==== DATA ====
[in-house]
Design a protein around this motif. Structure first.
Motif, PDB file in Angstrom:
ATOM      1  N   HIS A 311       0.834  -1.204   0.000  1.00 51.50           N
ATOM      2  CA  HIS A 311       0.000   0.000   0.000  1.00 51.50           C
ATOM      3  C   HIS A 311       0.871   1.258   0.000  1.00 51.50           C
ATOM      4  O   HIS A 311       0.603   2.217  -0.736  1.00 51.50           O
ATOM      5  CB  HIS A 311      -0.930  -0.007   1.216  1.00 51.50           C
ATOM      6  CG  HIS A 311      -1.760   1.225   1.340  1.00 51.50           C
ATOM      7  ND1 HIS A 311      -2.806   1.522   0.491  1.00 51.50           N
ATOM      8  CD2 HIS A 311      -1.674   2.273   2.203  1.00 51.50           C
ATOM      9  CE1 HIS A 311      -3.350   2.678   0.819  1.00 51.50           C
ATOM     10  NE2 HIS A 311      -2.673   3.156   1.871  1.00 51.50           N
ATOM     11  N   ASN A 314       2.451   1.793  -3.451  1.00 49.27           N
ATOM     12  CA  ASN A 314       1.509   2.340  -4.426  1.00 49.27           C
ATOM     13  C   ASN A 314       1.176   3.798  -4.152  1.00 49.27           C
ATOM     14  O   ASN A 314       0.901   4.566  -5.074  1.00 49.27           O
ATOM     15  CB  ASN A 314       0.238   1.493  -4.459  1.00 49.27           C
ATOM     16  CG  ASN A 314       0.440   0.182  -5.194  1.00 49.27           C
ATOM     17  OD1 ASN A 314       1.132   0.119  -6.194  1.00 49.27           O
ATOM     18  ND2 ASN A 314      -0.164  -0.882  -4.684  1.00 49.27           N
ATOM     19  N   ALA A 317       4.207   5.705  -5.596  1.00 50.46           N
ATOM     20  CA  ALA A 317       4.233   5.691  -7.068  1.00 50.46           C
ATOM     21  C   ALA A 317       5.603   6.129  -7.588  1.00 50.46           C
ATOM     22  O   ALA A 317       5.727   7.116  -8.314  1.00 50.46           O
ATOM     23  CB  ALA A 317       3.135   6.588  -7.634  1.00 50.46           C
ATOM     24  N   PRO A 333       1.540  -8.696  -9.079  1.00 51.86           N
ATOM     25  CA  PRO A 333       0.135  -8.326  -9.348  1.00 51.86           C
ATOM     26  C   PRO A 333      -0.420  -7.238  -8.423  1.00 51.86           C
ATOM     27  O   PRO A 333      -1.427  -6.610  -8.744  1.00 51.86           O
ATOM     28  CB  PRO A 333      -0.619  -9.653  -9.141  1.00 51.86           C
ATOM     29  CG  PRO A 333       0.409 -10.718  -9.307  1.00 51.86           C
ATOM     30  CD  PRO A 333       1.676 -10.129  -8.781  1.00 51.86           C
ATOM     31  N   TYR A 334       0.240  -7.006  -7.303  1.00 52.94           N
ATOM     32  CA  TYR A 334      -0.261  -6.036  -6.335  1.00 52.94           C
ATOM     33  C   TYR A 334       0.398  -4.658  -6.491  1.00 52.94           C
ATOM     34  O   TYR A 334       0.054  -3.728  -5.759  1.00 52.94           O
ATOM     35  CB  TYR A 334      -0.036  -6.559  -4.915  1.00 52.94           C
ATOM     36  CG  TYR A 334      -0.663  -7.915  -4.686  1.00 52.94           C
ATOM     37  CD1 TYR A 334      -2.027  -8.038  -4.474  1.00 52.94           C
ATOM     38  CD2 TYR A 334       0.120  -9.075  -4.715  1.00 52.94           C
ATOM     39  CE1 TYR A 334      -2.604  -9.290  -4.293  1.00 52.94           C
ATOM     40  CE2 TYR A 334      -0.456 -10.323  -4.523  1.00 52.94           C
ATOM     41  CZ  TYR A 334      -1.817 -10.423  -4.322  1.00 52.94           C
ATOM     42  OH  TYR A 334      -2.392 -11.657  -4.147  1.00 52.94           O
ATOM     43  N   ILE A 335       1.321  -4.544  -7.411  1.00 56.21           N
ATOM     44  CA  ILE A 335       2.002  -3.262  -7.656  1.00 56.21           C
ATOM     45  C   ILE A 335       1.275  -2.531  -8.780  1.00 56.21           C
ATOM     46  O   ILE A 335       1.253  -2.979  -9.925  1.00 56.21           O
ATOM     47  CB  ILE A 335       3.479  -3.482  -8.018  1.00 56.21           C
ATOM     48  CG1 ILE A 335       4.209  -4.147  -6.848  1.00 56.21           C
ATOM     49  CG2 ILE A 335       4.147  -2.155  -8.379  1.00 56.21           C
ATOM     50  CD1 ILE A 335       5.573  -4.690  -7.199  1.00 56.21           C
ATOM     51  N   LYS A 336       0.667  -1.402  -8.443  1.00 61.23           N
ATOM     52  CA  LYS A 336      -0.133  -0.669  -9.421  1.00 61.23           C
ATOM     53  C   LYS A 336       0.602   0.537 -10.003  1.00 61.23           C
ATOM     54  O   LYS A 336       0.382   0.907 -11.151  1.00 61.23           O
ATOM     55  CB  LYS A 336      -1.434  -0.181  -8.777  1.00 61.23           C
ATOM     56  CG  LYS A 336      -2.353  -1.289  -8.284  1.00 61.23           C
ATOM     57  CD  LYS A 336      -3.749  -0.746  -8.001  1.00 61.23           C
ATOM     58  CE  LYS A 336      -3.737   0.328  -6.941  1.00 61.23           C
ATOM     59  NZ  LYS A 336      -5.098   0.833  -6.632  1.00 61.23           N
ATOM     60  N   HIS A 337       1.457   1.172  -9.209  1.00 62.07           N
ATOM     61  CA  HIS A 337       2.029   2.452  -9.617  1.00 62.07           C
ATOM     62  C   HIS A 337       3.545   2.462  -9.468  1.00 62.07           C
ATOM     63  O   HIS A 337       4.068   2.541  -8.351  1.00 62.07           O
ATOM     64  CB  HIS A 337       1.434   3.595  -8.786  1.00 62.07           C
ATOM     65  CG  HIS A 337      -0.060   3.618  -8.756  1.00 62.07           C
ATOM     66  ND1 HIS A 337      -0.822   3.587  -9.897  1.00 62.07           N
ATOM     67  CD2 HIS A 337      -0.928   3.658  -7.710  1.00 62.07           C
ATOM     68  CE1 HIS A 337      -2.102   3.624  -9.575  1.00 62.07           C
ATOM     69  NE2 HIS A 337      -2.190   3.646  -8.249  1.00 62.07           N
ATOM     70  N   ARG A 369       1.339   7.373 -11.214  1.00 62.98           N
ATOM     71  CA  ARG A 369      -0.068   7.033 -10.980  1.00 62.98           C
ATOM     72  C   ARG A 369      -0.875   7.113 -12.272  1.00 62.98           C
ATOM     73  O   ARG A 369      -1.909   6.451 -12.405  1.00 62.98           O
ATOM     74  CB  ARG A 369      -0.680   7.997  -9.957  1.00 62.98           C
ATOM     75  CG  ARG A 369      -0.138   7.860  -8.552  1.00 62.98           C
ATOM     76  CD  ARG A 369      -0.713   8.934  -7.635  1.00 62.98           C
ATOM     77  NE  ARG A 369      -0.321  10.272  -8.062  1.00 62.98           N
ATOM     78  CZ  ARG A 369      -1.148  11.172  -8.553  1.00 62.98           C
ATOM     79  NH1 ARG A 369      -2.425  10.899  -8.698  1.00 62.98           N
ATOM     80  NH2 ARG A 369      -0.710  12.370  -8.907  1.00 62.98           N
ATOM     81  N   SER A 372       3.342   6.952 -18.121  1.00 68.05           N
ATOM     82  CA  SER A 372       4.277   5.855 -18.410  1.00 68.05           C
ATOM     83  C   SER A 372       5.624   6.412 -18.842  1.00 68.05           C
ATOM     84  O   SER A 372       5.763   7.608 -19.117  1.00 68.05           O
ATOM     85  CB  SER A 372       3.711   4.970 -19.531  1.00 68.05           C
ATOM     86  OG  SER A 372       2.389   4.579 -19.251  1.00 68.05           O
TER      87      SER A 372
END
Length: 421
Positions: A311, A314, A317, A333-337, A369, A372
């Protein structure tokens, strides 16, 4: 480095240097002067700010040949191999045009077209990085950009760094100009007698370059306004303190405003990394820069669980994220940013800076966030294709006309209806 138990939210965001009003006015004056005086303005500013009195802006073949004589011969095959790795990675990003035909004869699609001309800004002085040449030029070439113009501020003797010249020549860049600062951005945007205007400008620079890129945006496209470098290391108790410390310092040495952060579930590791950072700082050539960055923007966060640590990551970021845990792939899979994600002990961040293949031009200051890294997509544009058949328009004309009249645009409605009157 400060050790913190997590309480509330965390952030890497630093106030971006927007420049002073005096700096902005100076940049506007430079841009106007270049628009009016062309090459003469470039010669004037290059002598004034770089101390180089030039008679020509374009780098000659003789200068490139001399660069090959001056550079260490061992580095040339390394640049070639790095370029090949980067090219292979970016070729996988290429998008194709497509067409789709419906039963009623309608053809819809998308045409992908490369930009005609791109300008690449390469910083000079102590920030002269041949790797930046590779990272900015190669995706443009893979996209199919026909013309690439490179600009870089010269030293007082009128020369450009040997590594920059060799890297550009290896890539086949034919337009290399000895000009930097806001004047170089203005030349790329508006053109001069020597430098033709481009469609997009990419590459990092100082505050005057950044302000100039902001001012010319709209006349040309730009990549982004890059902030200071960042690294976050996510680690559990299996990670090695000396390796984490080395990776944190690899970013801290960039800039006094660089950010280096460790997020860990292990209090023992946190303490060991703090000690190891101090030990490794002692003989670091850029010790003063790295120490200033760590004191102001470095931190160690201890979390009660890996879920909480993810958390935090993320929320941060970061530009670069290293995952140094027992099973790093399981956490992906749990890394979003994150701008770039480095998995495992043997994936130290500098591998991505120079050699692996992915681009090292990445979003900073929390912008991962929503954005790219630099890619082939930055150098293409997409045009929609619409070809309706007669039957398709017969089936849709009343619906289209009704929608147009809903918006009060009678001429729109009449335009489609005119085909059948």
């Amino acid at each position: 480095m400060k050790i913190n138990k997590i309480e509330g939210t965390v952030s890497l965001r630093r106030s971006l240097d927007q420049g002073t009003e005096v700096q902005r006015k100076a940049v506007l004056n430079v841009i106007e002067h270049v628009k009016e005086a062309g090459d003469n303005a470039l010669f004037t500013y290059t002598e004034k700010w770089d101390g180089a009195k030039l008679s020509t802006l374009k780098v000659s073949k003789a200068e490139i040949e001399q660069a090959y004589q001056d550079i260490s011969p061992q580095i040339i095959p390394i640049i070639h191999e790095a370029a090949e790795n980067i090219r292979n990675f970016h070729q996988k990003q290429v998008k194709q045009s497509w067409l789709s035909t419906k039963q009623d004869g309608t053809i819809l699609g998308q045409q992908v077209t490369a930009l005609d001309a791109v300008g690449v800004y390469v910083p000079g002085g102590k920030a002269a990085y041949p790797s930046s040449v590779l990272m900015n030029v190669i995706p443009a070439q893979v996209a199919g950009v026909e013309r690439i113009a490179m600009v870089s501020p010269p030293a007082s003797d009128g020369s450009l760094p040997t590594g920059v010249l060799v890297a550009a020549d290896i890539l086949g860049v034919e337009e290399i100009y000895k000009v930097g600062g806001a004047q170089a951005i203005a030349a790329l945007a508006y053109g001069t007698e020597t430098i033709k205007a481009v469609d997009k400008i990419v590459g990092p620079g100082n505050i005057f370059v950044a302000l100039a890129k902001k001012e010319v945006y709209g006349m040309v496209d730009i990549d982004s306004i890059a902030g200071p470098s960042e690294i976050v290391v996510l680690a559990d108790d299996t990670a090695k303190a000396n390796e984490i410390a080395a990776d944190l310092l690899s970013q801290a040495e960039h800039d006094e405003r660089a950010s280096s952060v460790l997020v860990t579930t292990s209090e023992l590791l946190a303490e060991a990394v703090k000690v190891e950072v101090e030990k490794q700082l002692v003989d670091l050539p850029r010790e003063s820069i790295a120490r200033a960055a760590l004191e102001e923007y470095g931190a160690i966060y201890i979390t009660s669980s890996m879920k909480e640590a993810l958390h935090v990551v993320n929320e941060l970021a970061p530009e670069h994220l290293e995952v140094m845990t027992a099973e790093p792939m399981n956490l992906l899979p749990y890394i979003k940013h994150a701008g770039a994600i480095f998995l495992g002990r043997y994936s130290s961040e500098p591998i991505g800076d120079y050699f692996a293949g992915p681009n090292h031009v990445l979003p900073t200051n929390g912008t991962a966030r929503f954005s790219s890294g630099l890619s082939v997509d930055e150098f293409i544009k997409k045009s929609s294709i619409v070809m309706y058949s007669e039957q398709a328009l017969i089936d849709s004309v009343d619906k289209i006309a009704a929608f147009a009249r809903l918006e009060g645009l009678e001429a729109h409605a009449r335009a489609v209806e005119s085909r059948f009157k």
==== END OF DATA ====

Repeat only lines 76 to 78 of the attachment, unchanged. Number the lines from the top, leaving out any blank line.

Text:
ATOM     73  O   ARG A 369      -1.909   6.451 -12.405  1.00 62.98           O
ATOM     74  CB  ARG A 369      -0.680   7.997  -9.957  1.00 62.98           C
ATOM     75  CG  ARG A 369      -0.138   7.860  -8.552  1.00 62.98           C